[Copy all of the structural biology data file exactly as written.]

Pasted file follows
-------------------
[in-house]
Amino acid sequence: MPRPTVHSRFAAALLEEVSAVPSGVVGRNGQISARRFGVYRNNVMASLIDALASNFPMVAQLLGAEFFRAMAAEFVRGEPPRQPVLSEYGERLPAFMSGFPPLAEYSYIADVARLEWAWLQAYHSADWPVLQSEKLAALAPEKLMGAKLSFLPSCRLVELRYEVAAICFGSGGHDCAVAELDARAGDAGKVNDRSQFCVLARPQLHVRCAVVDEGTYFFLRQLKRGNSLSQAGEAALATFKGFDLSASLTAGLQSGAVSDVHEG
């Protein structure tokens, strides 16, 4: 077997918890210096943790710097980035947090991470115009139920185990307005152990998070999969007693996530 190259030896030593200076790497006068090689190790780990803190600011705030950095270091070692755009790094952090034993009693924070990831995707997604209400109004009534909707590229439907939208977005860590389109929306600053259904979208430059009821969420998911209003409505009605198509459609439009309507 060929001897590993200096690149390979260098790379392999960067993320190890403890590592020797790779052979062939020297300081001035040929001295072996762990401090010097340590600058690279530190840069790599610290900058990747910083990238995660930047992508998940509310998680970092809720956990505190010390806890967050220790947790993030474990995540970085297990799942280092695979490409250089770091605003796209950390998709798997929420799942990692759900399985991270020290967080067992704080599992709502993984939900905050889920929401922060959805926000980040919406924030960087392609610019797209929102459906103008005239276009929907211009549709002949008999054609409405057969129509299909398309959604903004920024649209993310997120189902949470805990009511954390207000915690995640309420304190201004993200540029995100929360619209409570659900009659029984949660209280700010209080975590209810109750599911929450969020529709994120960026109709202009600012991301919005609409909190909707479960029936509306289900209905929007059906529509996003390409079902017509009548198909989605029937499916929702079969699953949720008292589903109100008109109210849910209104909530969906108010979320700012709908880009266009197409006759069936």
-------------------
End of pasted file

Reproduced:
[in-house]
Amino acid sequence: MPRPTVHSRFAAALLEEVSAVPSGVVGRNGQISARRFGVYRNNVMASLIDALASNFPMVAQLLGAEFFRAMAAEFVRGEPPRQPVLSEYGERLPAFMSGFPPLAEYSYIADVARLEWAWLQAYHSADWPVLQSEKLAALAPEKLMGAKLSFLPSCRLVELRYEVAAICFGSGGHDCAVAELDARAGDAGKVNDRSQFCVLARPQLHVRCAVVDEGTYFFLRQLKRGNSLSQAGEAALATFKGFDLSASLTAGLQSGAVSDVHEG
């Protein structure tokens, strides 16, 4: 077997918890210096943790710097980035947090991470115009139920185990307005152990998070999969007693996530 190259030896030593200076790497006068090689190790780990803190600011705030950095270091070692755009790094952090034993009693924070990831995707997604209400109004009534909707590229439907939208977005860590389109929306600053259904979208430059009821969420998911209003409505009605198509459609439009309507 060929001897590993200096690149390979260098790379392999960067993320190890403890590592020797790779052979062939020297300081001035040929001295072996762990401090010097340590600058690279530190840069790599610290900058990747910083990238995660930047992508998940509310998680970092809720956990505190010390806890967050220790947790993030474990995540970085297990799942280092695979490409250089770091605003796209950390998709798997929420799942990692759900399985991270020290967080067992704080599992709502993984939900905050889920929401922060959805926000980040919406924030960087392609610019797209929102459906103008005239276009929907211009549709002949008999054609409405057969129509299909398309959604903004920024649209993310997120189902949470805990009511954390207000915690995640309420304190201004993200540029995100929360619209409570659900009659029984949660209280700010209080975590209810109750599911929450969020529709994120960026109709202009600012991301919005609409909190909707479960029936509306289900209905929007059906529509996003390409079902017509009548198909989605029937499916929702079969699953949720008292589903109100008109109210849910209104909530969906108010979320700012709908880009266009197409006759069936």